I have a beef with the stigma against prunes, and so whatever is brought people from point A Seeing this really delicious, excellent fruit, to point B judging it as a weird snack for old people. That journey is a problem.
Prunes, you know them. You probably don't love them, and that's probably because you haven't tried one in recent memory.
A prune is just a really juicy Italian plum that's been dried. We have a weird association with them as healthy digestive food and it does help with digestion, 'cause it's fiber.
But it's also really, really delicious, so I'm here today to show you how to turn prunes into an exceptionally spiced, sweet and delicious Prune pudding.
That can be eaten on its own, or be used as a spread or a fruit filling or a topping for anything from pancakes to biscuits.
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What we want to do to make the prunes little easier to work with is rehydrate them, so the first step in the recipe is taking your one cup of prunes and adding two cups of just boiled water.
This hot water seeps into the fruit and actually encourages it to swell, and so a prune that looks like this becomes much more thick and full and juicy and will break down a lot easier on the stove top.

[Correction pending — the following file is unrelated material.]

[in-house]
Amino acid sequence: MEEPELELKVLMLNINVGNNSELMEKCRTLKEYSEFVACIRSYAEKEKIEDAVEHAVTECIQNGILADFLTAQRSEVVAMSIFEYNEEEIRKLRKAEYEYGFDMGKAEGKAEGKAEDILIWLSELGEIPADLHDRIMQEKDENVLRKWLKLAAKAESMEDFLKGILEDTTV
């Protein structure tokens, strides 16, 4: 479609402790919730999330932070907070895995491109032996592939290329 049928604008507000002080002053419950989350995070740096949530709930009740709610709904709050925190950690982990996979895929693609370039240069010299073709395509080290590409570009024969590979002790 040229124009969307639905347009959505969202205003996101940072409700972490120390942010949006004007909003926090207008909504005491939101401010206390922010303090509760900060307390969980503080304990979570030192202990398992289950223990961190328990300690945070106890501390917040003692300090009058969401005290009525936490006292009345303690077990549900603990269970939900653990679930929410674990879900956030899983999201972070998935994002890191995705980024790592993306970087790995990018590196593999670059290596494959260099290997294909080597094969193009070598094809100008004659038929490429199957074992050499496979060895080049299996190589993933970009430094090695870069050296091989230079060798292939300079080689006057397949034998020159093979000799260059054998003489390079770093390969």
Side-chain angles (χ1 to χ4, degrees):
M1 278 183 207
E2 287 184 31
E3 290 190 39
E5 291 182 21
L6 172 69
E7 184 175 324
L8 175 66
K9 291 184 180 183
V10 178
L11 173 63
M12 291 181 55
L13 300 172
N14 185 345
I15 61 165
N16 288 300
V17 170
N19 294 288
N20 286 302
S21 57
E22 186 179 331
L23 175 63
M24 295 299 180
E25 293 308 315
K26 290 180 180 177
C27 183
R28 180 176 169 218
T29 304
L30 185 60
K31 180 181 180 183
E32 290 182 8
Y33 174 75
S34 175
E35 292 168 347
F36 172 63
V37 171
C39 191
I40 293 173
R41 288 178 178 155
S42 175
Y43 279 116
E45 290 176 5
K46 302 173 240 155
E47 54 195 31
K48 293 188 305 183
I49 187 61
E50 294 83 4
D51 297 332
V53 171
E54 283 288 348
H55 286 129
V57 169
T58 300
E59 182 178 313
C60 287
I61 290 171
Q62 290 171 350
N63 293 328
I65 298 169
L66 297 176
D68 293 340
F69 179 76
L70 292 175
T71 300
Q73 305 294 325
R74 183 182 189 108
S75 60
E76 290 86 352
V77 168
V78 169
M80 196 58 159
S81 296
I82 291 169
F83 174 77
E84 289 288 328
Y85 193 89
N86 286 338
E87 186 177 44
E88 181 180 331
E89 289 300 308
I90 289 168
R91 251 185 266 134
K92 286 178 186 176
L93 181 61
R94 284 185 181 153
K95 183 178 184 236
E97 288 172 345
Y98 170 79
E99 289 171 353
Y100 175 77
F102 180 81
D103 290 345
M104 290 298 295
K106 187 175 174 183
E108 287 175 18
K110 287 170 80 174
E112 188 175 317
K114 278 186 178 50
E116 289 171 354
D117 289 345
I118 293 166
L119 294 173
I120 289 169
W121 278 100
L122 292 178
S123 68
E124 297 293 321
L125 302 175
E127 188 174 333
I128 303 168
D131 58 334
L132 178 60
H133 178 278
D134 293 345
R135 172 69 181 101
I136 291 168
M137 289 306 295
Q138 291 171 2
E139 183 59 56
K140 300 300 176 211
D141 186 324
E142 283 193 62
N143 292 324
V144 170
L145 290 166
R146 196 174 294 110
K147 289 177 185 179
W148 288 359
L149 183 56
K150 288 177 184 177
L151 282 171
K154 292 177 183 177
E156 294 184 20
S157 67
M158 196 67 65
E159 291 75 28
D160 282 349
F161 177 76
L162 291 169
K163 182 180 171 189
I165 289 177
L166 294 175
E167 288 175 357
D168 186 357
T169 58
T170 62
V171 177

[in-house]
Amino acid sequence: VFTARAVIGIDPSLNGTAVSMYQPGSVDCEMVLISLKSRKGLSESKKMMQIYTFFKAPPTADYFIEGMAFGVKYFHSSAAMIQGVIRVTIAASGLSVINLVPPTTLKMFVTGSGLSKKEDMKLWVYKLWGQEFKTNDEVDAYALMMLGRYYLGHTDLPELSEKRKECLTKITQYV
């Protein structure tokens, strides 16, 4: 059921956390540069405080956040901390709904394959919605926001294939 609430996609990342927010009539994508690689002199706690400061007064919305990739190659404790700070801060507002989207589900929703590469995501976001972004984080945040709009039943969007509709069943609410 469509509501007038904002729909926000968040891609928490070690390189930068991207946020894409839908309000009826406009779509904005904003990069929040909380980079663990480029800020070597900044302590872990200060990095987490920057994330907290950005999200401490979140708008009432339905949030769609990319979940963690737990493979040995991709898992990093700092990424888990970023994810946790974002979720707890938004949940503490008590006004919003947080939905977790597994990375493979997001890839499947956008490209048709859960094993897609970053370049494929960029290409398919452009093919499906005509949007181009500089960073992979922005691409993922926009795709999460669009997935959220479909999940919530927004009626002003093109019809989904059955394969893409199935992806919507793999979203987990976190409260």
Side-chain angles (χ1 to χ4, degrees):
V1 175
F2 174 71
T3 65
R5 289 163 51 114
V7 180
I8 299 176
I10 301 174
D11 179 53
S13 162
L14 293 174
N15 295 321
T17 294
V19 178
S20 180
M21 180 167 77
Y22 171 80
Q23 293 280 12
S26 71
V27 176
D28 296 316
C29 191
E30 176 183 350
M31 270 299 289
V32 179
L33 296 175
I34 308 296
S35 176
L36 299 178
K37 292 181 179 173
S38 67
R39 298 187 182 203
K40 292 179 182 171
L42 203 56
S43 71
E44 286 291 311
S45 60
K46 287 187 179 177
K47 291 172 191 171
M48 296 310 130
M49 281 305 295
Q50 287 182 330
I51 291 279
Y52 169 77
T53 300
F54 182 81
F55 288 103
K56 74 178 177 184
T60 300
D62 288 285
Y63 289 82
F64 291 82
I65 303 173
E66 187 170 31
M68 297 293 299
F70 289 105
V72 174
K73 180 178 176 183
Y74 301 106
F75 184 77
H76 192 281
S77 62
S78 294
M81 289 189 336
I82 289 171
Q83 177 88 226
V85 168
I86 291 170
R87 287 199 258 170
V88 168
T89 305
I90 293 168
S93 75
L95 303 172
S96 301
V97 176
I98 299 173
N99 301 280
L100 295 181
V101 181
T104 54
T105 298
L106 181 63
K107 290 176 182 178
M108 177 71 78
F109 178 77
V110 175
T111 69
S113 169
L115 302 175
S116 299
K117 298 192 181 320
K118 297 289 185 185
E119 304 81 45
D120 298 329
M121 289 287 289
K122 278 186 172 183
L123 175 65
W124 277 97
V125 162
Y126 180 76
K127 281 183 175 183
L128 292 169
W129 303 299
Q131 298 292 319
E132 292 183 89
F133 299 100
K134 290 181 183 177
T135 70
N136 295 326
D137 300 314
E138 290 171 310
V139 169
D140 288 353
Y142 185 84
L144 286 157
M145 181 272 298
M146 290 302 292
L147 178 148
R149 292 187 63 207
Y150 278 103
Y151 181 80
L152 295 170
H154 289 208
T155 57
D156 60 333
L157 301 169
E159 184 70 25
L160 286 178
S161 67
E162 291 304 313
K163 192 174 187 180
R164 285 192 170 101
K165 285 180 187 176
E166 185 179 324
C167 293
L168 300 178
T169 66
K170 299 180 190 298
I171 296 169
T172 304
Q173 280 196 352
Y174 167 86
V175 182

So I have my One Cup of prunes here that I've hydrated with two cups of water and I'm going to put them in my saucepan and we're going to put it on top of the heat.
I'm going to bring this to a boil and then reduce it to a simmer and let it simmer for 8 minutes until the prunes have started to break down.
It's been 8 minutes on the stove top and the prunes are nice and big swollen from the water and the heat. Some of them have already started to break down.
And I'm going to transfer this into a food processor with an additional cup of hot water and I'm going to pulse it about 5 to 8 times.
You don't want the mixture to be perfectly smooth because you still want some hunks of the plum suspended in the pudding.
We're just blitzing it a few times to break it down a little bit, Alright, I'm going to transfer this back into my saucepan.
Now is the time for the fun part, we're going to both spice sweeten and thicken this mixture to make a pudding that's really aromatic and juicy and unique in flavor.
But that's also cool and sweets and everything you would expect from a fruit pudding. So the first thing we need to do is remove a third cup of this mixture and add it to a separate bowl.
This third cup I'm going to use to make my cornstarch slurry and what that means is we combine the cornstarch with a small amount of liquid.
So that we can get all of the lumps of the cornstarch out first before adding it to the pot that we're going to thicken.
The reason you do that is that if you add the cornstarch to the pot with all of the mixture in it, you're going to get little pockets of cornstarch that gel and are dry in the middle.
And so you'll get these really unpleasant lumps of cornstarch all throughout pudding, making a slurry ensures that that doesn't happen, so this is a really important step, Don't skip it.